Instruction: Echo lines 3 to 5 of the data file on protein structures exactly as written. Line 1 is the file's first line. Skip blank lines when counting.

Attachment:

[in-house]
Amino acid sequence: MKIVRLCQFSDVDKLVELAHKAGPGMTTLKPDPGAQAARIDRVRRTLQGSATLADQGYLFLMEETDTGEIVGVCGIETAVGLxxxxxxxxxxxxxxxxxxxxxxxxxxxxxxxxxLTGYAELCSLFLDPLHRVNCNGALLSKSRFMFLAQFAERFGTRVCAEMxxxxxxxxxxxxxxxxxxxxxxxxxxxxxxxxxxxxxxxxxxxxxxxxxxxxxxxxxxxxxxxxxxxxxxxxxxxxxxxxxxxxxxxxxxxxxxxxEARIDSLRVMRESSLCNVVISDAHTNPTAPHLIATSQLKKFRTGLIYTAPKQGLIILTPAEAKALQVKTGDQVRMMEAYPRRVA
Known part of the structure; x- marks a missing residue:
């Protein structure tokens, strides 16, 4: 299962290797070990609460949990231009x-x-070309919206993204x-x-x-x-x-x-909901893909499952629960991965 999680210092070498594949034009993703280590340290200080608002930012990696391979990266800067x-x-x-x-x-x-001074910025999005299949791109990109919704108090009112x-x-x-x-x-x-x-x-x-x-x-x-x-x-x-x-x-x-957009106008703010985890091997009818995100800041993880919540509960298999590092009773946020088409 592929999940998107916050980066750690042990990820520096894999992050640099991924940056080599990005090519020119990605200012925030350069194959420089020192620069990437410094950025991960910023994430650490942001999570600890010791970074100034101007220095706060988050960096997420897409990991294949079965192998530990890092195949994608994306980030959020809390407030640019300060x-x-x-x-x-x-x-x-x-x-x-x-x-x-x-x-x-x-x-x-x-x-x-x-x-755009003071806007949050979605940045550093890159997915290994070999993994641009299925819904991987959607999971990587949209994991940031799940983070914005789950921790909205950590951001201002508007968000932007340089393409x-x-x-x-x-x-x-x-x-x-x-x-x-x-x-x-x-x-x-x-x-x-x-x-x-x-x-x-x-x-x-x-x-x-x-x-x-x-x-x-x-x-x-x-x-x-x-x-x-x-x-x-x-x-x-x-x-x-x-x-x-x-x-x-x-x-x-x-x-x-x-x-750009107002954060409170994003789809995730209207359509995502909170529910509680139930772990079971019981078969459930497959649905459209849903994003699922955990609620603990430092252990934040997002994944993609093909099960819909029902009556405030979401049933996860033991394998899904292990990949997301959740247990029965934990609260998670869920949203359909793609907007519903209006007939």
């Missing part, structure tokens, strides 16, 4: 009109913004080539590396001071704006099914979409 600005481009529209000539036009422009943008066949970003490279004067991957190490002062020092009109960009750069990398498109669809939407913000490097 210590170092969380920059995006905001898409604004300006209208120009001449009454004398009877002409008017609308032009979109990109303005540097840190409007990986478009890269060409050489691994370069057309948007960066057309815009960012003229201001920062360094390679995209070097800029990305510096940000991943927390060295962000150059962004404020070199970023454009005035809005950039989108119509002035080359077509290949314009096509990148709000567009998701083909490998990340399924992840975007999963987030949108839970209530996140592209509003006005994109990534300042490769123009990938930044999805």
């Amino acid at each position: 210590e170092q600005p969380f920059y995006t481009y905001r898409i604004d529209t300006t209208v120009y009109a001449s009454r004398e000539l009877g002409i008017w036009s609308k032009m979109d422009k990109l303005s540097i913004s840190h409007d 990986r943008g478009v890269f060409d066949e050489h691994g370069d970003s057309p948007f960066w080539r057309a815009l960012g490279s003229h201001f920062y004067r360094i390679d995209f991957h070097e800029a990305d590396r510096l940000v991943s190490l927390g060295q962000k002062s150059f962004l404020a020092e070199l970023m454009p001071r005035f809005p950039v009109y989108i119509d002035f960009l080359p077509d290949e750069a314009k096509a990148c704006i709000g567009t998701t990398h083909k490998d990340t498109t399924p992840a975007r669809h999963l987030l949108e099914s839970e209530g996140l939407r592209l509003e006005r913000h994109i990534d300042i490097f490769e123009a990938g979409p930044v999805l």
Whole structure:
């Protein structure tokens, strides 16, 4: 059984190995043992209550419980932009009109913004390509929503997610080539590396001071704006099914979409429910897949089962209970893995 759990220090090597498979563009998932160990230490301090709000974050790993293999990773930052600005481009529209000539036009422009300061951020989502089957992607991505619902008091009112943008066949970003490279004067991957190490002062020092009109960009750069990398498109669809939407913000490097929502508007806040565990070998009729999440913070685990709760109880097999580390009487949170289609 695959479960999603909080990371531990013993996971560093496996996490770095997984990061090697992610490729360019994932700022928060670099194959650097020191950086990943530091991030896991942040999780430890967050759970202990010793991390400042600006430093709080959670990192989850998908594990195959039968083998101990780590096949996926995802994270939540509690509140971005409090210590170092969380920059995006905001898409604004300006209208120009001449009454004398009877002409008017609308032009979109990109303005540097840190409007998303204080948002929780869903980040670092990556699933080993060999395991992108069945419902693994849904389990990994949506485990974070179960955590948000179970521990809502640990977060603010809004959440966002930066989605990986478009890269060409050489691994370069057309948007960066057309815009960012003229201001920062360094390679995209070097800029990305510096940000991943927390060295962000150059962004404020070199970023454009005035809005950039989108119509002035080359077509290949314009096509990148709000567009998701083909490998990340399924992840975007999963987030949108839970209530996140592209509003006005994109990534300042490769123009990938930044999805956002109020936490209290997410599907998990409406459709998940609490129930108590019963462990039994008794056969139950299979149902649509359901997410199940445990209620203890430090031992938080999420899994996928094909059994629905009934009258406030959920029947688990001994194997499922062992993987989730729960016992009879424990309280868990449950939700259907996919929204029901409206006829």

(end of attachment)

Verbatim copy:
Known part of the structure; x- marks a missing residue:
């Protein structure tokens, strides 16, 4: 299962290797070990609460949990231009x-x-070309919206993204x-x-x-x-x-x-909901893909499952629960991965 999680210092070498594949034009993703280590340290200080608002930012990696391979990266800067x-x-x-x-x-x-001074910025999005299949791109990109919704108090009112x-x-x-x-x-x-x-x-x-x-x-x-x-x-x-x-x-x-957009106008703010985890091997009818995100800041993880919540509960298999590092009773946020088409 592929999940998107916050980066750690042990990820520096894999992050640099991924940056080599990005090519020119990605200012925030350069194959420089020192620069990437410094950025991960910023994430650490942001999570600890010791970074100034101007220095706060988050960096997420897409990991294949079965192998530990890092195949994608994306980030959020809390407030640019300060x-x-x-x-x-x-x-x-x-x-x-x-x-x-x-x-x-x-x-x-x-x-x-x-x-755009003071806007949050979605940045550093890159997915290994070999993994641009299925819904991987959607999971990587949209994991940031799940983070914005789950921790909205950590951001201002508007968000932007340089393409x-x-x-x-x-x-x-x-x-x-x-x-x-x-x-x-x-x-x-x-x-x-x-x-x-x-x-x-x-x-x-x-x-x-x-x-x-x-x-x-x-x-x-x-x-x-x-x-x-x-x-x-x-x-x-x-x-x-x-x-x-x-x-x-x-x-x-x-x-x-x-x-750009107002954060409170994003789809995730209207359509995502909170529910509680139930772990079971019981078969459930497959649905459209849903994003699922955990609620603990430092252990934040997002994944993609093909099960819909029902009556405030979401049933996860033991394998899904292990990949997301959740247990029965934990609260998670869920949203359909793609907007519903209006007939």
């Missing part, structure tokens, strides 16, 4: 009109913004080539590396001071704006099914979409 600005481009529209000539036009422009943008066949970003490279004067991957190490002062020092009109960009750069990398498109669809939407913000490097 210590170092969380920059995006905001898409604004300006209208120009001449009454004398009877002409008017609308032009979109990109303005540097840190409007990986478009890269060409050489691994370069057309948007960066057309815009960012003229201001920062360094390679995209070097800029990305510096940000991943927390060295962000150059962004404020070199970023454009005035809005950039989108119509002035080359077509290949314009096509990148709000567009998701083909490998990340399924992840975007999963987030949108839970209530996140592209509003006005994109990534300042490769123009990938930044999805």